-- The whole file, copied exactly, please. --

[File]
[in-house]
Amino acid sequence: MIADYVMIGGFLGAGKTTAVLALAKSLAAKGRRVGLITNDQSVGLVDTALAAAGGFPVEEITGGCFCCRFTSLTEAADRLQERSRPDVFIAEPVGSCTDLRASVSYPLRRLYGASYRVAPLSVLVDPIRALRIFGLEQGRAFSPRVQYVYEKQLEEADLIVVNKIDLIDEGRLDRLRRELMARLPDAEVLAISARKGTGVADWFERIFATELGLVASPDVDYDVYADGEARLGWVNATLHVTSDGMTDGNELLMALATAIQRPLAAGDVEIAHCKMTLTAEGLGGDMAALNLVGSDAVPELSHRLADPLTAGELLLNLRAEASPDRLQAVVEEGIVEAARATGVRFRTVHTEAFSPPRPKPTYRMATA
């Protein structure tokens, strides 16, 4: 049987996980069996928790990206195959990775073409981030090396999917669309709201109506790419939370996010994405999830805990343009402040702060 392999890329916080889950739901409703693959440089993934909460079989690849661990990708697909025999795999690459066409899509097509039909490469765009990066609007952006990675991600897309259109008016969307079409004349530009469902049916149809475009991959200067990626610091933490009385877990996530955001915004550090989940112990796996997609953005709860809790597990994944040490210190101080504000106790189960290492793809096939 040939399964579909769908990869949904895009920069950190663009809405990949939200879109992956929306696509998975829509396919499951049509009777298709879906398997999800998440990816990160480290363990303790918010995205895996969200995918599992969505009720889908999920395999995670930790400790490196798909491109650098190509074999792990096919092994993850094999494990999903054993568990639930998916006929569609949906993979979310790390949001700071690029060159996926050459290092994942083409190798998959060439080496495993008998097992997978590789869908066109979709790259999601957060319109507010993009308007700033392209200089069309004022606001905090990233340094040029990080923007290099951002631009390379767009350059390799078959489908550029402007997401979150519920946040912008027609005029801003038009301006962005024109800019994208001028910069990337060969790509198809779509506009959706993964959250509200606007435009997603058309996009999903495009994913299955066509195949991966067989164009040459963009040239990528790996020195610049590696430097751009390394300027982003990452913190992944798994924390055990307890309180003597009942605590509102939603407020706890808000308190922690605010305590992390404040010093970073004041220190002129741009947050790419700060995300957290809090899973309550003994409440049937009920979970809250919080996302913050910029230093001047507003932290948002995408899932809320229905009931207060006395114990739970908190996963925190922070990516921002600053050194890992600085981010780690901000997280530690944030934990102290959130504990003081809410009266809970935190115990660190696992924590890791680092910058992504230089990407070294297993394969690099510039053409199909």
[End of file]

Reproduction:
[in-house]
Amino acid sequence: MIADYVMIGGFLGAGKTTAVLALAKSLAAKGRRVGLITNDQSVGLVDTALAAAGGFPVEEITGGCFCCRFTSLTEAADRLQERSRPDVFIAEPVGSCTDLRASVSYPLRRLYGASYRVAPLSVLVDPIRALRIFGLEQGRAFSPRVQYVYEKQLEEADLIVVNKIDLIDEGRLDRLRRELMARLPDAEVLAISARKGTGVADWFERIFATELGLVASPDVDYDVYADGEARLGWVNATLHVTSDGMTDGNELLMALATAIQRPLAAGDVEIAHCKMTLTAEGLGGDMAALNLVGSDAVPELSHRLADPLTAGELLLNLRAEASPDRLQAVVEEGIVEAARATGVRFRTVHTEAFSPPRPKPTYRMATA
């Protein structure tokens, strides 16, 4: 049987996980069996928790990206195959990775073409981030090396999917669309709201109506790419939370996010994405999830805990343009402040702060 392999890329916080889950739901409703693959440089993934909460079989690849661990990708697909025999795999690459066409899509097509039909490469765009990066609007952006990675991600897309259109008016969307079409004349530009469902049916149809475009991959200067990626610091933490009385877990996530955001915004550090989940112990796996997609953005709860809790597990994944040490210190101080504000106790189960290492793809096939 040939399964579909769908990869949904895009920069950190663009809405990949939200879109992956929306696509998975829509396919499951049509009777298709879906398997999800998440990816990160480290363990303790918010995205895996969200995918599992969505009720889908999920395999995670930790400790490196798909491109650098190509074999792990096919092994993850094999494990999903054993568990639930998916006929569609949906993979979310790390949001700071690029060159996926050459290092994942083409190798998959060439080496495993008998097992997978590789869908066109979709790259999601957060319109507010993009308007700033392209200089069309004022606001905090990233340094040029990080923007290099951002631009390379767009350059390799078959489908550029402007997401979150519920946040912008027609005029801003038009301006962005024109800019994208001028910069990337060969790509198809779509506009959706993964959250509200606007435009997603058309996009999903495009994913299955066509195949991966067989164009040459963009040239990528790996020195610049590696430097751009390394300027982003990452913190992944798994924390055990307890309180003597009942605590509102939603407020706890808000308190922690605010305590992390404040010093970073004041220190002129741009947050790419700060995300957290809090899973309550003994409440049937009920979970809250919080996302913050910029230093001047507003932290948002995408899932809320229905009931207060006395114990739970908190996963925190922070990516921002600053050194890992600085981010780690901000997280530690944030934990102290959130504990003081809410009266809970935190115990660190696992924590890791680092910058992504230089990407070294297993394969690099510039053409199909």